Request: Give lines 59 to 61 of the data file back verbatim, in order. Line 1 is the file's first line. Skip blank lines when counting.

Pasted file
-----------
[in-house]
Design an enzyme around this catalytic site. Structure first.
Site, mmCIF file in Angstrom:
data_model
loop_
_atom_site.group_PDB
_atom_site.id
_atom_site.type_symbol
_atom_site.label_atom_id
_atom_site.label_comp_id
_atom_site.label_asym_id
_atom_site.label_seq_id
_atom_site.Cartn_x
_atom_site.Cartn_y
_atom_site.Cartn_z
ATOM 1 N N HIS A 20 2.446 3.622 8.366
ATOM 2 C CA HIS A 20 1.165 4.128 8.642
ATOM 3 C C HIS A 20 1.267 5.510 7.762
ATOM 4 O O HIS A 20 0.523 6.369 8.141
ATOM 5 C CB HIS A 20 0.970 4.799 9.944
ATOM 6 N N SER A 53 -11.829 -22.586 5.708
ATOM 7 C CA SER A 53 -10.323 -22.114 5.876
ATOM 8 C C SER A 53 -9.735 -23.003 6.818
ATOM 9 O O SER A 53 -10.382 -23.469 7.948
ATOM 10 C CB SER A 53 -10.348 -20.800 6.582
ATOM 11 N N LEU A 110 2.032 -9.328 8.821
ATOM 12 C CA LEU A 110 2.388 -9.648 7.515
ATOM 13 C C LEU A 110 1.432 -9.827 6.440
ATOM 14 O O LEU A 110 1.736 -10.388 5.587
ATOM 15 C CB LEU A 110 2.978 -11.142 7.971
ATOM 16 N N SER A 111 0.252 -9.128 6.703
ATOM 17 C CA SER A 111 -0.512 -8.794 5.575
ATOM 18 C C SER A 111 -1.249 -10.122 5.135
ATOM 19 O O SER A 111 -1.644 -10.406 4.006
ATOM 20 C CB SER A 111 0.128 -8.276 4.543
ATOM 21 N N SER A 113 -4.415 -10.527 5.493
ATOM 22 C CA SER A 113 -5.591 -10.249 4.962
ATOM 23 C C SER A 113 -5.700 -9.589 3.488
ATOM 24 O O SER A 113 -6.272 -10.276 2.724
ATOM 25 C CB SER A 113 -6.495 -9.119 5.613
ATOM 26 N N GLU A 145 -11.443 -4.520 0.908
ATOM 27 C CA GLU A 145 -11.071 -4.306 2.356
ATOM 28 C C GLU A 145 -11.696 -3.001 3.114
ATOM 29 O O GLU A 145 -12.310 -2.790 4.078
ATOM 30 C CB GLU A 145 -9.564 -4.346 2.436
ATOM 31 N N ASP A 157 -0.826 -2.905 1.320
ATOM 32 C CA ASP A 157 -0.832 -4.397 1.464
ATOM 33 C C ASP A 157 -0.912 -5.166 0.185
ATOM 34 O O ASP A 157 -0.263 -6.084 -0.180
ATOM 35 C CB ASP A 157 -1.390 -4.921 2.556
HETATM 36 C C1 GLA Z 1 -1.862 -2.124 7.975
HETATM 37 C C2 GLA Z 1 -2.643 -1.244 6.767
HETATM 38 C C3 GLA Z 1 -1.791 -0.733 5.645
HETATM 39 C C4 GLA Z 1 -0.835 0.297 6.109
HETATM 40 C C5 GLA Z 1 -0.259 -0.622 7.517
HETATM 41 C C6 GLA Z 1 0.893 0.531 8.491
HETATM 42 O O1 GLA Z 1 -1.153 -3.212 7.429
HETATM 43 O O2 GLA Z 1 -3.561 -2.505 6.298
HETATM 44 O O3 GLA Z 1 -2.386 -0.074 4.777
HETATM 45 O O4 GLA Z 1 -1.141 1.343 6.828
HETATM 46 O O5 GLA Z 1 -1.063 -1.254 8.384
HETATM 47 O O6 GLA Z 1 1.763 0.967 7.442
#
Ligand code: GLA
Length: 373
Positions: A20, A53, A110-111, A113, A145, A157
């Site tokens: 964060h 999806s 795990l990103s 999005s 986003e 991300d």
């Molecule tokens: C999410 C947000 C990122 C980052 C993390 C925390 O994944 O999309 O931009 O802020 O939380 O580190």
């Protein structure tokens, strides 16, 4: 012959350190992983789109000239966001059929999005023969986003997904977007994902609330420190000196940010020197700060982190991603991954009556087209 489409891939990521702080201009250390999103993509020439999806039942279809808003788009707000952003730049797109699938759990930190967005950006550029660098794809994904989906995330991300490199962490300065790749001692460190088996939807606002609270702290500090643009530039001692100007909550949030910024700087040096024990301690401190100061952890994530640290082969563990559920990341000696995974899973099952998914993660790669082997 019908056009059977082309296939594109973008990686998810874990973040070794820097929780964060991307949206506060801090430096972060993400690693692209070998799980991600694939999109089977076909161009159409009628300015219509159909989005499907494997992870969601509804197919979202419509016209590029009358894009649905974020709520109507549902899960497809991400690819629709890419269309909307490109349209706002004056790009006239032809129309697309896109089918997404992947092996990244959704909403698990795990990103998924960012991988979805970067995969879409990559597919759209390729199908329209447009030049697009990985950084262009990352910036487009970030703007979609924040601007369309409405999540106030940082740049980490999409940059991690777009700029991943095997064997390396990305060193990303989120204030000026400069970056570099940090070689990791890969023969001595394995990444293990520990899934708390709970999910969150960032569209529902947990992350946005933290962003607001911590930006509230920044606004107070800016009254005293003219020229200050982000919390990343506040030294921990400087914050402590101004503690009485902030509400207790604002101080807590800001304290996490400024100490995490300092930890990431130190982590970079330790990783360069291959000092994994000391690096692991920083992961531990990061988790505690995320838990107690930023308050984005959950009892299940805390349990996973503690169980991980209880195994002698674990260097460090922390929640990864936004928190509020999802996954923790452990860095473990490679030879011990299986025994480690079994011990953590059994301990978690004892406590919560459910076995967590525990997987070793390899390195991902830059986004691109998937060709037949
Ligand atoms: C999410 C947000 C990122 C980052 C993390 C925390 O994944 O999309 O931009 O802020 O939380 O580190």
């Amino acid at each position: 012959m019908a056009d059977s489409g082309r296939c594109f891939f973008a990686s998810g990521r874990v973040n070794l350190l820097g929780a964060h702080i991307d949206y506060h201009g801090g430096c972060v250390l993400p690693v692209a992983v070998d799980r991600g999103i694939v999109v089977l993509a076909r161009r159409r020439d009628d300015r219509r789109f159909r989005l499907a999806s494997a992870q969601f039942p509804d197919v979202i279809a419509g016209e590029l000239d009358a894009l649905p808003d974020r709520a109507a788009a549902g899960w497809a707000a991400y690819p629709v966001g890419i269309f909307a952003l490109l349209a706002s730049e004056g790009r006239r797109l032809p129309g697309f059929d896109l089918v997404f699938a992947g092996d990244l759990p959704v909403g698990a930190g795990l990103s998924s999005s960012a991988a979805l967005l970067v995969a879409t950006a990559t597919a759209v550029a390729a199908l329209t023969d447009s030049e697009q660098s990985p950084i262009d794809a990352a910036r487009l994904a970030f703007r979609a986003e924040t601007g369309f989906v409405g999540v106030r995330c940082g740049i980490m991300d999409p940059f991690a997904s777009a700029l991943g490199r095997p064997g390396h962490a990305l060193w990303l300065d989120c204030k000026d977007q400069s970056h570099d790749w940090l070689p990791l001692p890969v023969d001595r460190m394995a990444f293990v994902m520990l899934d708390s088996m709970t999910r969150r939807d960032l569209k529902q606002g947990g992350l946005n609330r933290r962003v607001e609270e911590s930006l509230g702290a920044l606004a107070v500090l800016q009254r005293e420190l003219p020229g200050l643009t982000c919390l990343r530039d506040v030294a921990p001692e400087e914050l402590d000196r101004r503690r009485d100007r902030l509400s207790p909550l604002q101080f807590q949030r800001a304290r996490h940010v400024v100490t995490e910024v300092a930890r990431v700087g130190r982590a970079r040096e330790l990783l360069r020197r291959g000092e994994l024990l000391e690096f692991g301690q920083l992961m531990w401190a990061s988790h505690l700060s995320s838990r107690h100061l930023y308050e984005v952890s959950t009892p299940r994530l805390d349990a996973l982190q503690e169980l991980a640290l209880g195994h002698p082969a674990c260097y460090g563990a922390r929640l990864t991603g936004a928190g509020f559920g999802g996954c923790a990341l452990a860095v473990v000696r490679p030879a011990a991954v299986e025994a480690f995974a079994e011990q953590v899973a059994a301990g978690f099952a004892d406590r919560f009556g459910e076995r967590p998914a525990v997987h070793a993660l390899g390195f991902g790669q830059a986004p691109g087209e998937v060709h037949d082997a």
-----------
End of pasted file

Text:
HETATM 44 O O3 GLA Z 1 -2.386 -0.074 4.777
HETATM 45 O O4 GLA Z 1 -1.141 1.343 6.828
HETATM 46 O O5 GLA Z 1 -1.063 -1.254 8.384